AR: Many of these poems recognize that the fact that immigrants and refugees are human beings is largely absent from immigration debates and political rhetoric that relies heavily on dehumanizing language to describe immigrants and refugees as “laborers,” “animals,” “criminals,” and “terrorists.” As Eduardo C. Corral told PBS NewsHour, “We keep seeing immigrants from Mexico, Central America, as labor force. [We] see them as just…physical beings, right? No! Everybody has a mind, a heart, a soul…The cerebral, the mental, the emotional…gets often lost when we talk about immigration…we…need poets…from these kinds of backgrounds…telling their stories.”

In Corral’s poem “In Colorado My Father Scoured and Stacked Dishes” the speaker expresses great affection and admiration for his father who has had to endure and overcome anti-immigrant sentiment and dehumanizing rhetoric. An “illegal” who was “[p]acked into/ a car trunk [and]…smuggled into the United States,” his father has been called “Greaser” and “Beaner,” and everyone “wants to deport him.” In the Tex-Mex restaurant where he works, “[h]is co-workers,/unable to utter his name, renamed him Jalapeño.” This poem celebrates the speaker’s father as a real person, resilient and exuberant. When he picked apples in Oregon, “[n]ightly, to entertain his cuates, around a campfire,/he strummed a guitarra, sang corridos.”

Overall, our aim in putting together this collection was to convey and recognize the many diverse and individual experiences of immigrants, refugees, and their children. As Emtithal Mahmoud acknowledges in the afterword, we will all learn a lot by reading, listening to, and honoring their individual stories.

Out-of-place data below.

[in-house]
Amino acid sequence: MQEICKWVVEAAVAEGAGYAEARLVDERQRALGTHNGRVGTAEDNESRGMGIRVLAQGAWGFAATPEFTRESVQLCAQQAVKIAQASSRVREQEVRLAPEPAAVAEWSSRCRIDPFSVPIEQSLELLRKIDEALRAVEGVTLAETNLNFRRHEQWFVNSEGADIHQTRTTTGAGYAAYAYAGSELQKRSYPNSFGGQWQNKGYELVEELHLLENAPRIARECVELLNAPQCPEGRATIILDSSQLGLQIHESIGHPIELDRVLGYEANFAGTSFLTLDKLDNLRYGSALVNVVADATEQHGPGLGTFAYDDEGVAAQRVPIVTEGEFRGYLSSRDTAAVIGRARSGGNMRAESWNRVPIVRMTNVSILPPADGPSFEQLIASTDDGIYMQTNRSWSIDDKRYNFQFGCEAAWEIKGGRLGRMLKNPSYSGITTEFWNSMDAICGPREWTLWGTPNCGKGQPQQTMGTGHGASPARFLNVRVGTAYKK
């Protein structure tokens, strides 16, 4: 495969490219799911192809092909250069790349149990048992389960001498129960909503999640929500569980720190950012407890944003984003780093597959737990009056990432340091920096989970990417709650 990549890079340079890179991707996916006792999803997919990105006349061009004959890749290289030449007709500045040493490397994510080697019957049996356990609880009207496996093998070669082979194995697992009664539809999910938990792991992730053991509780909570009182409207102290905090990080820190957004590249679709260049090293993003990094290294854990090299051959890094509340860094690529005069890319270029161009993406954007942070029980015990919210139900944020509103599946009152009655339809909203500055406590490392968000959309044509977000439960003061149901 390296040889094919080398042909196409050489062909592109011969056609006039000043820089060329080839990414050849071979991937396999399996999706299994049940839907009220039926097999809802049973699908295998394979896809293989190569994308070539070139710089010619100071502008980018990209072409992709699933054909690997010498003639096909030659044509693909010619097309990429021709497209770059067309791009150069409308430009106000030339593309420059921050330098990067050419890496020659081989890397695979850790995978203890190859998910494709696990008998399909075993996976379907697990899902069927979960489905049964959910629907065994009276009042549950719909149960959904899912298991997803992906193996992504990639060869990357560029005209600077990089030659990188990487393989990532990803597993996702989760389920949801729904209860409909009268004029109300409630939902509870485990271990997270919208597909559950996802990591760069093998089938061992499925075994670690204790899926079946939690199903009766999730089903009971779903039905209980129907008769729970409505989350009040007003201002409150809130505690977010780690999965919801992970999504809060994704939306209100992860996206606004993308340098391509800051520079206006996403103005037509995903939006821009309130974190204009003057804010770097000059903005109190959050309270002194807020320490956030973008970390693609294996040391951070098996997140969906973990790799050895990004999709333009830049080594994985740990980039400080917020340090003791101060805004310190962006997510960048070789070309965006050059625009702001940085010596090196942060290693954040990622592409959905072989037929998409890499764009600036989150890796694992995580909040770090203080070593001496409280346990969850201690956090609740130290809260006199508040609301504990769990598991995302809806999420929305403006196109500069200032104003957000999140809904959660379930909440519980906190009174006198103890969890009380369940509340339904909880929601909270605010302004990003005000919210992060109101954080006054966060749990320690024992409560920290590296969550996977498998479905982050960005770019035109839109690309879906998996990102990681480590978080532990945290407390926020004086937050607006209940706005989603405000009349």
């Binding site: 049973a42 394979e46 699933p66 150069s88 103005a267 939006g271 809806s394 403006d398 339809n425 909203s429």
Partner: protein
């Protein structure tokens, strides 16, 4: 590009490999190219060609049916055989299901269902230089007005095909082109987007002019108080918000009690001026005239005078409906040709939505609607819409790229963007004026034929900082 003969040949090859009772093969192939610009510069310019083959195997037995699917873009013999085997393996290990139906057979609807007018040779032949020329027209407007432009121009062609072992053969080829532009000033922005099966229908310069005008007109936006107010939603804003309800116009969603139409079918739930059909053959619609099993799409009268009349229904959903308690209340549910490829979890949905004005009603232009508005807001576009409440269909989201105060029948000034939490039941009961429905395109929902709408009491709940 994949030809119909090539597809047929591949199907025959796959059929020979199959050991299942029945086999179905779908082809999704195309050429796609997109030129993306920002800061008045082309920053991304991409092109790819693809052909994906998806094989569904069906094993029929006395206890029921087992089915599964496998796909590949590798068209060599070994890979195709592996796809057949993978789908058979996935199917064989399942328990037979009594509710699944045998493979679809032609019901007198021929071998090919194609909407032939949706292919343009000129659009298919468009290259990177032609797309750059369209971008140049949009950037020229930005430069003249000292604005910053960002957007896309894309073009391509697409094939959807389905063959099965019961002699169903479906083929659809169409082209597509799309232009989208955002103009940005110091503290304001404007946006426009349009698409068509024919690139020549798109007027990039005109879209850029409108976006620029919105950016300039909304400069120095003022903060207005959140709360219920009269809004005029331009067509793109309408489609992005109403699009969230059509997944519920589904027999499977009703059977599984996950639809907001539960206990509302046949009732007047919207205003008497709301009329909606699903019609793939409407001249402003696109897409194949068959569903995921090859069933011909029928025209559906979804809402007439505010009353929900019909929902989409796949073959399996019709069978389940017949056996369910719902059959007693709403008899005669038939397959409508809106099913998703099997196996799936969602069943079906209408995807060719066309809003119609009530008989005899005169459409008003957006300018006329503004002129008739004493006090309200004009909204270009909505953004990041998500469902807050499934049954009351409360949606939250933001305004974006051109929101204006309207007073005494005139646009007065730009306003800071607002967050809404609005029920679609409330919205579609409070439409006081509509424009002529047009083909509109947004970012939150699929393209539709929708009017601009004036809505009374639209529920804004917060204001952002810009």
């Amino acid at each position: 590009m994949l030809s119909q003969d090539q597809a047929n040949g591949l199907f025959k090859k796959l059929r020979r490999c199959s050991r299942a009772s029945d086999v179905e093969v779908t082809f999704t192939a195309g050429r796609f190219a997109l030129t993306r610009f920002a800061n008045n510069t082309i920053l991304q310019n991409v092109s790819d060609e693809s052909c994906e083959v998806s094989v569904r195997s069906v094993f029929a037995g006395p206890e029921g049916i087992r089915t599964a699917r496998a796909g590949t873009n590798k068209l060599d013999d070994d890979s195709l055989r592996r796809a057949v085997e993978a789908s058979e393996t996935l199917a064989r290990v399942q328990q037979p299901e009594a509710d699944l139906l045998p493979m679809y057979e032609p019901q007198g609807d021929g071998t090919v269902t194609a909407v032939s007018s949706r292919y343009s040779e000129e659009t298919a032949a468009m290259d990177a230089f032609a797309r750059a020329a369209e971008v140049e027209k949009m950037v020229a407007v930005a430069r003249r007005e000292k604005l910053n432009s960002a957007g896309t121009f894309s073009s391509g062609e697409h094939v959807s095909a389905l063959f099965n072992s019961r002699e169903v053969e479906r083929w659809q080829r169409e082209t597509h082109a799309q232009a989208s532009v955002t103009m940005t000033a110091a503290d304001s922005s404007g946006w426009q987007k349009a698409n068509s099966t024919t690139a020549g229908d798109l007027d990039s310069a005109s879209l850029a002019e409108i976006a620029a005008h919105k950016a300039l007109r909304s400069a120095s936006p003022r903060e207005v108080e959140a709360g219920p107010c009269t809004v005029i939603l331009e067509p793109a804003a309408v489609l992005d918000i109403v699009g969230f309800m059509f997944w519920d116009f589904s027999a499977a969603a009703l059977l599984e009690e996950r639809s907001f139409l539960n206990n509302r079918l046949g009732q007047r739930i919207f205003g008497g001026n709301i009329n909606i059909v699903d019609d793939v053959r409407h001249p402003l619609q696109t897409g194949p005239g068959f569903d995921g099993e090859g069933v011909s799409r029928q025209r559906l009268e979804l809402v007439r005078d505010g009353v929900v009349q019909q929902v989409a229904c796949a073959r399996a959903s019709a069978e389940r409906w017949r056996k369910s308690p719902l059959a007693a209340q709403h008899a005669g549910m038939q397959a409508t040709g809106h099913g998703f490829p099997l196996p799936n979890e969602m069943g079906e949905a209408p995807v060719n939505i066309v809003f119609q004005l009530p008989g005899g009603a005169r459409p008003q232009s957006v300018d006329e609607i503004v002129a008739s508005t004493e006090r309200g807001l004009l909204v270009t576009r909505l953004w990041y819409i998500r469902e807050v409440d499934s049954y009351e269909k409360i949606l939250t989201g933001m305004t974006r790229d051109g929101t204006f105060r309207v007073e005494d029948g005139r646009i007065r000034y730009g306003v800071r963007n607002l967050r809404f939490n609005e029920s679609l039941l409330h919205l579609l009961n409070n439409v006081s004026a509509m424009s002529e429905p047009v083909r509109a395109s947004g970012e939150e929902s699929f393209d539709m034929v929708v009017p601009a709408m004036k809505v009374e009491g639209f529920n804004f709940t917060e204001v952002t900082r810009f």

Video and audio recordings of selected poems from Ink Knows No Borders

Chen Chen, "First Light" (audio)

Hafizah Geter, "The Break-In" (audio)

Jeff Coomer, "History Lessons" (begin audio recording at 2:30)

José Olivarez, "Ode to the First White Girl I Ever Loved" (video)

Jenny Xie, "Naturalization" (audio)

Safiya Sinclair, "Home" (video)

Sholeh Wolpé, "Dear America" (audio)


Listen as Patrice Vecchione introduces and shares some of the backstory for creating Ink Knows No Borders: Poems of the Immigrant and Refugee Experience (Seven Stories Press, 2019).

Comment Policy:
  • Be respectful, and do not attack the author, people mentioned in the article, or other commenters. Take on the idea, not the messenger.
  • Don't use obscene, profane, or vulgar language.
  • Stay on point. Comments that stray from the topic at hand may be deleted.
  • Comments may be republished in print, online, or other forms of media.
  • If you see something objectionable, please let us know. Once a comment has been flagged, a staff member will investigate.

Sonia Adams

There is a surge of global literature collections and anthologies that explore a wider range of themes and issues that counters the negative perceptions that some people may have of immigrants and refugees. Patrice Vecchione’s Ink Knows No Borders: Poems of the Immigrant and Refugee Experience offers a broader range of poets and poetry that speaks to the present moment where truth-seeking, knowledge, inclusion, and acceptance are made relevant.

Posted : Apr 10, 2019 01:05



We are currently offering this content for free. Sign up now to activate your personal profile, where you can save articles for future viewing